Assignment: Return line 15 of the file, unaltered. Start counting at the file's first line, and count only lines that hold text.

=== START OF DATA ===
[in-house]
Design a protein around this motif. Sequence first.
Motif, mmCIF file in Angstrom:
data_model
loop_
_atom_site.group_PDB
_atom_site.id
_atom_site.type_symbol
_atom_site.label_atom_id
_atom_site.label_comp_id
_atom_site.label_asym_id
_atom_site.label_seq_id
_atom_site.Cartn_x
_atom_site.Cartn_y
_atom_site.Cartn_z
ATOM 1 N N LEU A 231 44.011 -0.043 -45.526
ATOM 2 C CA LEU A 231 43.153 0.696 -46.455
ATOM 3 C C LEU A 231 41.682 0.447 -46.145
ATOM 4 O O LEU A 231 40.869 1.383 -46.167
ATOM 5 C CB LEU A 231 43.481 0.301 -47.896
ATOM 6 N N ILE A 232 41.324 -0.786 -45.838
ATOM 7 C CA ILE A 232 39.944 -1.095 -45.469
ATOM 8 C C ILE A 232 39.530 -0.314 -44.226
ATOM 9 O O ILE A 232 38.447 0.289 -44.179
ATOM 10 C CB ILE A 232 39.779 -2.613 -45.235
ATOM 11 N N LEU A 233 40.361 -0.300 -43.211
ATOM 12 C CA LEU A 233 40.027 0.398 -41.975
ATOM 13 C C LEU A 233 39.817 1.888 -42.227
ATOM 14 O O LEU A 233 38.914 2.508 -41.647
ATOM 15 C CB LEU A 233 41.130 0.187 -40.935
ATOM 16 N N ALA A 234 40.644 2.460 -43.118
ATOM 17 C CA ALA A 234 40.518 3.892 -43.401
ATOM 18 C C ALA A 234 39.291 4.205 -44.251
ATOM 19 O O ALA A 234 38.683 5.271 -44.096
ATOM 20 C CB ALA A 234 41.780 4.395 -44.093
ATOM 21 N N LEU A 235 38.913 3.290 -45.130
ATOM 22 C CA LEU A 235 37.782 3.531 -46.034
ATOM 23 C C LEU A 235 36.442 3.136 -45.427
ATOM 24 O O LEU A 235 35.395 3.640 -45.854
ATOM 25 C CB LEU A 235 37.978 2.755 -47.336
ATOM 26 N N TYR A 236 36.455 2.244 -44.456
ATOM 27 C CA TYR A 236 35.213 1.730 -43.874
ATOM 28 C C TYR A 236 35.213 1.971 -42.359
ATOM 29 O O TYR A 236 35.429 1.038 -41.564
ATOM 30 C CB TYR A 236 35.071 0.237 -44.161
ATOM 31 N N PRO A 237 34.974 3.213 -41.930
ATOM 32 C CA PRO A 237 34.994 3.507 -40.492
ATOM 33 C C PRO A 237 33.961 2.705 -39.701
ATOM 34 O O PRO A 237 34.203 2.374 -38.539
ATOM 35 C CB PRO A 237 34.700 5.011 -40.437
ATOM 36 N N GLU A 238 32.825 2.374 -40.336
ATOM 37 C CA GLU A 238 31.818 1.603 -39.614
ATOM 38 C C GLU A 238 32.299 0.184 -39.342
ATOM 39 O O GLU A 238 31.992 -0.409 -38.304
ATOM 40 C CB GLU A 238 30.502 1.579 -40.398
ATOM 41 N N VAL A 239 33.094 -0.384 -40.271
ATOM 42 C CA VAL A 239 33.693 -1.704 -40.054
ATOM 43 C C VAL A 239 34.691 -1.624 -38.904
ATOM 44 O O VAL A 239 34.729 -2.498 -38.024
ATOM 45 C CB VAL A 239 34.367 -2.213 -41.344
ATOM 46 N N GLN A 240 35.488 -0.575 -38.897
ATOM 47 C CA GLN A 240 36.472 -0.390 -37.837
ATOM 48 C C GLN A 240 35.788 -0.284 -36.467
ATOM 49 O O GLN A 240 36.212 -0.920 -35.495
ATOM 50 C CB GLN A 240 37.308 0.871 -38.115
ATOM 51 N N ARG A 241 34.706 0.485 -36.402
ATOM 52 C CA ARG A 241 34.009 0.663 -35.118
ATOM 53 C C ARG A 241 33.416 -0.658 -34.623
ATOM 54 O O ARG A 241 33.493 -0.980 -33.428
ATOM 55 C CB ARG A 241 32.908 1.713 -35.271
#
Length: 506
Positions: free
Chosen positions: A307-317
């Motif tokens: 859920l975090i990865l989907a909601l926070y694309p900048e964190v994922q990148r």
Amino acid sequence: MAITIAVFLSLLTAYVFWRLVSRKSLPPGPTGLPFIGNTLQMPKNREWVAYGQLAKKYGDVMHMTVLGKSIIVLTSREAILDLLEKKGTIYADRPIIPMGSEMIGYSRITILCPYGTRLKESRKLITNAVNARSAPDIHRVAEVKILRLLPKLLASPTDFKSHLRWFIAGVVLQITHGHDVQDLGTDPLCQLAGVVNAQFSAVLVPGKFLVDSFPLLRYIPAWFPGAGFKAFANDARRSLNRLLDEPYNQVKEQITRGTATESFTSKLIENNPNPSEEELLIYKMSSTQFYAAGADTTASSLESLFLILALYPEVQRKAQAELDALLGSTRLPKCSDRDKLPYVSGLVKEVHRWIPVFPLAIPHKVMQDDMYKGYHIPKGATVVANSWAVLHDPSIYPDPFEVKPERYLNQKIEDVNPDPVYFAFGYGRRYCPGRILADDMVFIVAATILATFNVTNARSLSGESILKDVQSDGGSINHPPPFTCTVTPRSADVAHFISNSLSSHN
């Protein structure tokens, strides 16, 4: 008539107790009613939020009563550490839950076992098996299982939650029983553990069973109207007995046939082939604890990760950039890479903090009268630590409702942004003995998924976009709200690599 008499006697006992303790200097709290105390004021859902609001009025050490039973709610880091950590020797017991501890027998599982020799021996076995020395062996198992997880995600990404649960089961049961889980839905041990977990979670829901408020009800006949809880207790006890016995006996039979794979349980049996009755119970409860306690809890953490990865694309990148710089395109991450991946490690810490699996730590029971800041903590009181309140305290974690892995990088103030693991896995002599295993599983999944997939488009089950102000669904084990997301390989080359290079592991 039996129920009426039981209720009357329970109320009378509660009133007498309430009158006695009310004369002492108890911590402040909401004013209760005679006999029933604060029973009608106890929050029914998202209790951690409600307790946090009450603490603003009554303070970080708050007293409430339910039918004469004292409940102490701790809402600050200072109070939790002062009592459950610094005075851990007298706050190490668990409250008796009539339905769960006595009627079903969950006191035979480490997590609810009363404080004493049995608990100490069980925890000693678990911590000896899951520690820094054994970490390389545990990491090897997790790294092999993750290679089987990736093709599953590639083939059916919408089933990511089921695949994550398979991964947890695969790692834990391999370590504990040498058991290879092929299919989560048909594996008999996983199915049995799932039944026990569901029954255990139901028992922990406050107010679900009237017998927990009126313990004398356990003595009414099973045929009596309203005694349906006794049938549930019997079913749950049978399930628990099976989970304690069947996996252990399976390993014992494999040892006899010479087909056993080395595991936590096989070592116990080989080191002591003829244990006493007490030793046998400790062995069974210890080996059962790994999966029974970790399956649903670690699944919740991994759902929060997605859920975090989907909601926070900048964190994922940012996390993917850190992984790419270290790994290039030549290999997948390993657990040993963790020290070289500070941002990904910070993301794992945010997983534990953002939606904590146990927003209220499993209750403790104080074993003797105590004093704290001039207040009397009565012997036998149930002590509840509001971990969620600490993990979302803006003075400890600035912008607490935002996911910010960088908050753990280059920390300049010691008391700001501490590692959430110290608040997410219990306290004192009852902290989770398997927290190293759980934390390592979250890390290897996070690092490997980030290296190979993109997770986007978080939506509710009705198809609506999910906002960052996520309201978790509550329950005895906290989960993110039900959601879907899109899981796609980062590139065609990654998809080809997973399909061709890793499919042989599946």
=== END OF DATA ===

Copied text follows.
_atom_site.Cartn_z